Japanese Campers (Part 2)
Now let’s look at the
Mini / Kei Campers
This kei class, the mini campers, is the fourth main category of camper cars in Japan, and creativity runs wild here. Look at this Suzuki Every van conversion:
or this Suzuki Carry truck conversion:
And I’ve seen kei camper conversions even wilder than these.
Now, on a technical point, these kei-based campers are often no longer “Kei” or light vehicles under Japanese law. They sometimes have engines larger than 660cc, for obvious reasons, and that, and their extended bodies, put them beyond the small engine size and small exterior dimensions mandated by the regulations for true Japanese kei vehicles. But they share their basic chassis and cabs with kei trucks and kei vans so, in the end, they are very small, light, easy to park and maneuver, get terrific gas mileage, and have lots of the camper features that you want.
If you want to import a mini camper from Japan you can often get one that has a small fridge (the Carry truck above has a sink!), and there will be a storage compartment where you can keep a portable gas stove. (The advantage of a portable stove over one fixed to the vehicle is that you can always take the stove and its gas bottle out and set it up outside the camper; it’s safer, actually, and you can fry up your favorite spicy, smelly food and not worry about stinking up the camper interior.)
What are the downsides of a Japanese mini camper van? Well, if it’s got the 660cc engine, it may not be the best choice for long distance, high speed cruising and, in terms of accommodation, it’s really only for two adults. In addition, you’ll likely only get two belted seats. But, depending on the interior layout, you may have a decently comfortable sleeping area for the two of you.
So just as I am always singing the praises of the whole kei class of Japanese vehicles, especially the kei sports cars which I’ve written about here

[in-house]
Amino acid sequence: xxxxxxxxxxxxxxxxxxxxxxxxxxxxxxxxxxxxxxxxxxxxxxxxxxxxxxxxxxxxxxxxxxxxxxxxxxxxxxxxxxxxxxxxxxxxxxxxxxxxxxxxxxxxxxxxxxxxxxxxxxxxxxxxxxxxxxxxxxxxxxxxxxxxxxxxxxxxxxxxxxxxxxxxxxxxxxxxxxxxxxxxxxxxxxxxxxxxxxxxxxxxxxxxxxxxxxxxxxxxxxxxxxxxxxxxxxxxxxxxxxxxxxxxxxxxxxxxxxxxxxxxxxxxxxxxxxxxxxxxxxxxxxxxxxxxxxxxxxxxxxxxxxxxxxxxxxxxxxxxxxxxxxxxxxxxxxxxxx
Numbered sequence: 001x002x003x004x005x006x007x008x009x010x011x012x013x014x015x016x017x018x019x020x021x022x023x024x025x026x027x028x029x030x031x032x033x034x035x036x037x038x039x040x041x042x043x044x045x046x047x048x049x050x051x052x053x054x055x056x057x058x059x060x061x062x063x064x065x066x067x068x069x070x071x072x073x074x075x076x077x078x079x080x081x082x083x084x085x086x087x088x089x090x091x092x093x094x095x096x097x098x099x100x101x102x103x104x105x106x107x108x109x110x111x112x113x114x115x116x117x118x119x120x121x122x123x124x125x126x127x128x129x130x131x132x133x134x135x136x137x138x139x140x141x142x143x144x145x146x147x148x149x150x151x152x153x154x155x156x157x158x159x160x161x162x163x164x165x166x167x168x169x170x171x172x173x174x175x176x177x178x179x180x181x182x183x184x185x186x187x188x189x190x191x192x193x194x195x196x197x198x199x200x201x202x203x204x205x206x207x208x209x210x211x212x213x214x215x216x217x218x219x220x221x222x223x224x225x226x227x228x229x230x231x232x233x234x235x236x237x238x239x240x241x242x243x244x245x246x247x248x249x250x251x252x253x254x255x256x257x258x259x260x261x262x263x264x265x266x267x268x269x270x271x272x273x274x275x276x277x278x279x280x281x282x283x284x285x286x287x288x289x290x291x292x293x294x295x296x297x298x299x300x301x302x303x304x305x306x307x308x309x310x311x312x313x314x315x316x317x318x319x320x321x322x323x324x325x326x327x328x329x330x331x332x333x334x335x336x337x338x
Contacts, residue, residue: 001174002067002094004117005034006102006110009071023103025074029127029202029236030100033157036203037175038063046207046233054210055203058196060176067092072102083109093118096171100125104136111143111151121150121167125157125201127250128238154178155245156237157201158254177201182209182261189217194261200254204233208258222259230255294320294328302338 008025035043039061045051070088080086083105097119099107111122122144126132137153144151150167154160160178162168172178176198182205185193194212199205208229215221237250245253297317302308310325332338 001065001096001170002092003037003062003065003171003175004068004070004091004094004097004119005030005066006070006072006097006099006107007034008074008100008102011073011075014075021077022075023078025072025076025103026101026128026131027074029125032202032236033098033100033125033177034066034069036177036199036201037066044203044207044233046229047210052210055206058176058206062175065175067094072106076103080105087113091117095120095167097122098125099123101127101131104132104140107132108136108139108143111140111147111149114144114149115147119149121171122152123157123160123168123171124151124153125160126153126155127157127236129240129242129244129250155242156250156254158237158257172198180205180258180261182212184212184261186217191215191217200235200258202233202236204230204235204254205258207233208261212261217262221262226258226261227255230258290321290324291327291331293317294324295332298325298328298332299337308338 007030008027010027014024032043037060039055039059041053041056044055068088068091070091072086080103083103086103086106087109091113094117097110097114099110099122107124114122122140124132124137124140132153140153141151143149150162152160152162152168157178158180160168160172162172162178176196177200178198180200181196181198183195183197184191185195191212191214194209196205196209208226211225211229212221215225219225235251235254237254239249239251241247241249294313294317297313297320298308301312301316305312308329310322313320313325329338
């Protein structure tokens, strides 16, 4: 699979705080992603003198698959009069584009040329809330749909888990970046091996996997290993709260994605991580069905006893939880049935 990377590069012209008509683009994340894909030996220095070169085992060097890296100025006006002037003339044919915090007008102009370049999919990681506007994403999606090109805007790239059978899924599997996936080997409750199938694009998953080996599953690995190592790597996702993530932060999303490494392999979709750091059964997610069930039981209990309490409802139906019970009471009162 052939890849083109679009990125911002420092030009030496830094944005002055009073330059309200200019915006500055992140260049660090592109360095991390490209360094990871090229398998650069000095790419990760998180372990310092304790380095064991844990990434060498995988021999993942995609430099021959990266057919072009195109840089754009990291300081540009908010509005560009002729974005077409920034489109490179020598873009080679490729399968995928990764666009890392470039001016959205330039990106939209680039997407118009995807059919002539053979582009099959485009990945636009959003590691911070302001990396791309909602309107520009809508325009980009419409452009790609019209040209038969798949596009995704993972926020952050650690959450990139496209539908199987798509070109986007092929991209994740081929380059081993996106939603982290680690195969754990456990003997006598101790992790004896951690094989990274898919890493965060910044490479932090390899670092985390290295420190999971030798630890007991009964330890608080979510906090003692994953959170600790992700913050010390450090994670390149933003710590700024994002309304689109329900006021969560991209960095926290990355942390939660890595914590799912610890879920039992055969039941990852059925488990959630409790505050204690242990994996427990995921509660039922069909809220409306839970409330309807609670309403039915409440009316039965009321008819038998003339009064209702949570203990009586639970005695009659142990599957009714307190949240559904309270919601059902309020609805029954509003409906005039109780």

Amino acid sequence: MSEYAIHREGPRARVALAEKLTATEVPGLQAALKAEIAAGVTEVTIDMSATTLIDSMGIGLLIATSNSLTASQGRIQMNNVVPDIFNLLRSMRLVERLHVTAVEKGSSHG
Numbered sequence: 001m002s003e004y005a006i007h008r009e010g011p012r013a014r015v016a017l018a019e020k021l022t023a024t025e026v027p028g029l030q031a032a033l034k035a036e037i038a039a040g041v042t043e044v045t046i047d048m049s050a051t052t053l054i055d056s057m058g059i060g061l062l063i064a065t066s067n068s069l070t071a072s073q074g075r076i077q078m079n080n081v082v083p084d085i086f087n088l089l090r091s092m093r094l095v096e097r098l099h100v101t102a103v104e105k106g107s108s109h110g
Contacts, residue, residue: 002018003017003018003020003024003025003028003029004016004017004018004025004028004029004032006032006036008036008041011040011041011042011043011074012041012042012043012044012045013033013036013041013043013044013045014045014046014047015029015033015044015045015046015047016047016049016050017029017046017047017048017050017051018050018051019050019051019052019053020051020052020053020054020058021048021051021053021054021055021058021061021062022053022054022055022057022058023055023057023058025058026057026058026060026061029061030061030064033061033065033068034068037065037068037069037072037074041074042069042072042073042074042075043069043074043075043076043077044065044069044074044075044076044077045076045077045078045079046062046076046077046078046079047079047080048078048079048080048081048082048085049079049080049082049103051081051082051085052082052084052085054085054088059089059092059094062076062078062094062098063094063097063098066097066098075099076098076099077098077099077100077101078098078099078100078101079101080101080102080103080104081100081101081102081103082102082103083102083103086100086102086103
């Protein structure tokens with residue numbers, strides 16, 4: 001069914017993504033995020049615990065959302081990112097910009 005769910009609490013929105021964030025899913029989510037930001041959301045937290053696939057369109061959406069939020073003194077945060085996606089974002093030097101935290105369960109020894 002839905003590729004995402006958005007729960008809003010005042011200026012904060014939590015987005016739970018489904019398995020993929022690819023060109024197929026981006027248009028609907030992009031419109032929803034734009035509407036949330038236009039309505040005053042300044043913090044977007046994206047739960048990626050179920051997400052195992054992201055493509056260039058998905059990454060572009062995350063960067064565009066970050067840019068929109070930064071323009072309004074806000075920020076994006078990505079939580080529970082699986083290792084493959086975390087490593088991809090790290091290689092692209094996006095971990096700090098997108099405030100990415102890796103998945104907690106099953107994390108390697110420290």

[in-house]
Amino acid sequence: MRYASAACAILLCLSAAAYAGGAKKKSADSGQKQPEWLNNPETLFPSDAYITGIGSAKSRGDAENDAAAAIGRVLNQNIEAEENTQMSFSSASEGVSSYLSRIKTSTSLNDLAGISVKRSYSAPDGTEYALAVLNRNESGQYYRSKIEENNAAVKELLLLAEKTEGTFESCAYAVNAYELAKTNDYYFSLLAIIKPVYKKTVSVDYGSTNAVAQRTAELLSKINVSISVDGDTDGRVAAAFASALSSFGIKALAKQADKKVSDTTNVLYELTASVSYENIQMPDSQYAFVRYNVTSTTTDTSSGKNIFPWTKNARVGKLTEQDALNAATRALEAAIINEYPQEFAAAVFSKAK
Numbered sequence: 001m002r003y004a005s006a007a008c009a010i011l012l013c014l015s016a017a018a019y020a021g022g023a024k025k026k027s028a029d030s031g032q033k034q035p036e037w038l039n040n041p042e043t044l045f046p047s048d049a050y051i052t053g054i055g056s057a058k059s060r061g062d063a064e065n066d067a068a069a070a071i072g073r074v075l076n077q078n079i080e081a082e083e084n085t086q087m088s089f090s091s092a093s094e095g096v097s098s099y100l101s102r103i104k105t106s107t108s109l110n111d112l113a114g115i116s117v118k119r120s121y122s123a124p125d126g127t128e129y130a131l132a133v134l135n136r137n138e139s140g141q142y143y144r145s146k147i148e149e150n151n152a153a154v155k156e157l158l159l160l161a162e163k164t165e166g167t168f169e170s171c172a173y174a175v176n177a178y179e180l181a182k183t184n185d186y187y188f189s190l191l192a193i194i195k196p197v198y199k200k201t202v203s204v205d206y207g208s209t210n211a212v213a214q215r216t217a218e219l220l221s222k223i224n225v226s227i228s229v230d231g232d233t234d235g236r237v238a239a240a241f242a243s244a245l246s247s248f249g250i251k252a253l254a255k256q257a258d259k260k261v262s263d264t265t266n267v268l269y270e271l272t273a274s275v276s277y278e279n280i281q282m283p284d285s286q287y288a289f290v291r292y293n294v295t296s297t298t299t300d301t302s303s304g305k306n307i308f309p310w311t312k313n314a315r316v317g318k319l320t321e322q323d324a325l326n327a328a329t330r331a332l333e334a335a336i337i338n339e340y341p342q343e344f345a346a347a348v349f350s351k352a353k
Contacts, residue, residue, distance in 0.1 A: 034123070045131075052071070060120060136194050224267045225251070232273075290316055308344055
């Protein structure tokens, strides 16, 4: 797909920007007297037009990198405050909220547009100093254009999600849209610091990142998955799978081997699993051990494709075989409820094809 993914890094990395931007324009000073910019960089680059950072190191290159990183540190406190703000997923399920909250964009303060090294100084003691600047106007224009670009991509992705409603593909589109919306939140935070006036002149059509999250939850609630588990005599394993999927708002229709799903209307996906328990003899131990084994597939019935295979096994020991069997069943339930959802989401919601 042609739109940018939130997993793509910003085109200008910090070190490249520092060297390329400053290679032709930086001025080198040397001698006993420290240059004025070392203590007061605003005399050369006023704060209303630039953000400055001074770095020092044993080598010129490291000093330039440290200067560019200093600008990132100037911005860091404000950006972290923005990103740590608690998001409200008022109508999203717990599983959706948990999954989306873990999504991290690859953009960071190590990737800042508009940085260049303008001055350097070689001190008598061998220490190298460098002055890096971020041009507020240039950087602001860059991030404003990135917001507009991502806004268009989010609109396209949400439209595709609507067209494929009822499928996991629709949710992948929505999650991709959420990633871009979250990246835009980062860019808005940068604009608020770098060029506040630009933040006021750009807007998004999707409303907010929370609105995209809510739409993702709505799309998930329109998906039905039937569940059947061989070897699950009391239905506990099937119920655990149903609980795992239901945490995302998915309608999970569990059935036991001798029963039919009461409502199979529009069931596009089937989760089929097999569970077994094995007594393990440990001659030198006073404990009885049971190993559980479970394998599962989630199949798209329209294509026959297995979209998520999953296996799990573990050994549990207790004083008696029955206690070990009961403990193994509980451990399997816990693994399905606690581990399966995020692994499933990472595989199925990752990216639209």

as small, but highly capable little units, I also think that the kei chassis based campers are just delightful, and, for their small size, they give you a lot. You get a lot of sporting fun in the case of the kei sports cars, and you get a lot of camper joy in the case of the kei-based campers.
Let’s bring our discussion about importing a used Japanese camper from Japan to a nice leisurely halt for just a moment while we talk a bit about importing from Japan a second hand camper of non-Japanese make or European JDM. Let’s go right to the icon of icons of camper vans, the one that started the craze in the first place, the one that became and remains the all time classic (and very sought after and practical) camper van, the Volkswagen camper, the Type Two.
Importing a VW camper from Japan to Germany or another country in Europe may sound counter-intuitive, but it’s not at all. I have seen some really, really nice units here in Japan. Around the corner on my street there’s a newly retired couple whose son is now the proud and loving owner of a beautiful VW Type II Camper. First series, guys! First Series, like the one above. I was taking the dog for a walk when I first saw this clean and loved machine. I just came to a stop and looked longingly at that van camper. So warm those old VWs were. And it even smelled like the old Volksies used to; that special VW smell which is kind of a mix of gasoline, hot machine steel, and the whiff of a touch of oil or grease burned off from the old air-cooled engine. That’s the classic VW smell. And it took me back, way back, to my dad’s VW Type Twos. He had two of them, both second series like this one:
The first was a red camper and the second a lime green one. Both had the Westphalia factory pop top which gave a sleeping bunk above the main body. Both had a small fridge (primarily for beers for my dad and his friends), both had the center table and rear bunk (in the older one the table was fixed and was always in the way), only the second one had the stove (which we never used).
As a family, we never went on any super-long journeys in those VW campers, although my dad himself drove across Canada once in the red one. He said that going across the prairies, Manitoba, Saskatchewan, and Alberta, was spectacular, with this ruler-straight highway shooting out in front of the van for miles and endless miles. “You could see the curve of the sky,” he told us, “But the wind could come and blow the old van right off the road. And because it was so straight, you’d just start to go faster and faster. I never thought the old VW could go that fast. Must have had a tail wind.”
And, as anyone who has driven a VW Type Two knows, the big front windshield and the high-set seating position of those vans gives a great driver and front passenger view, so you really see the beauty and glory of the land you’re passing through on your camper journeys.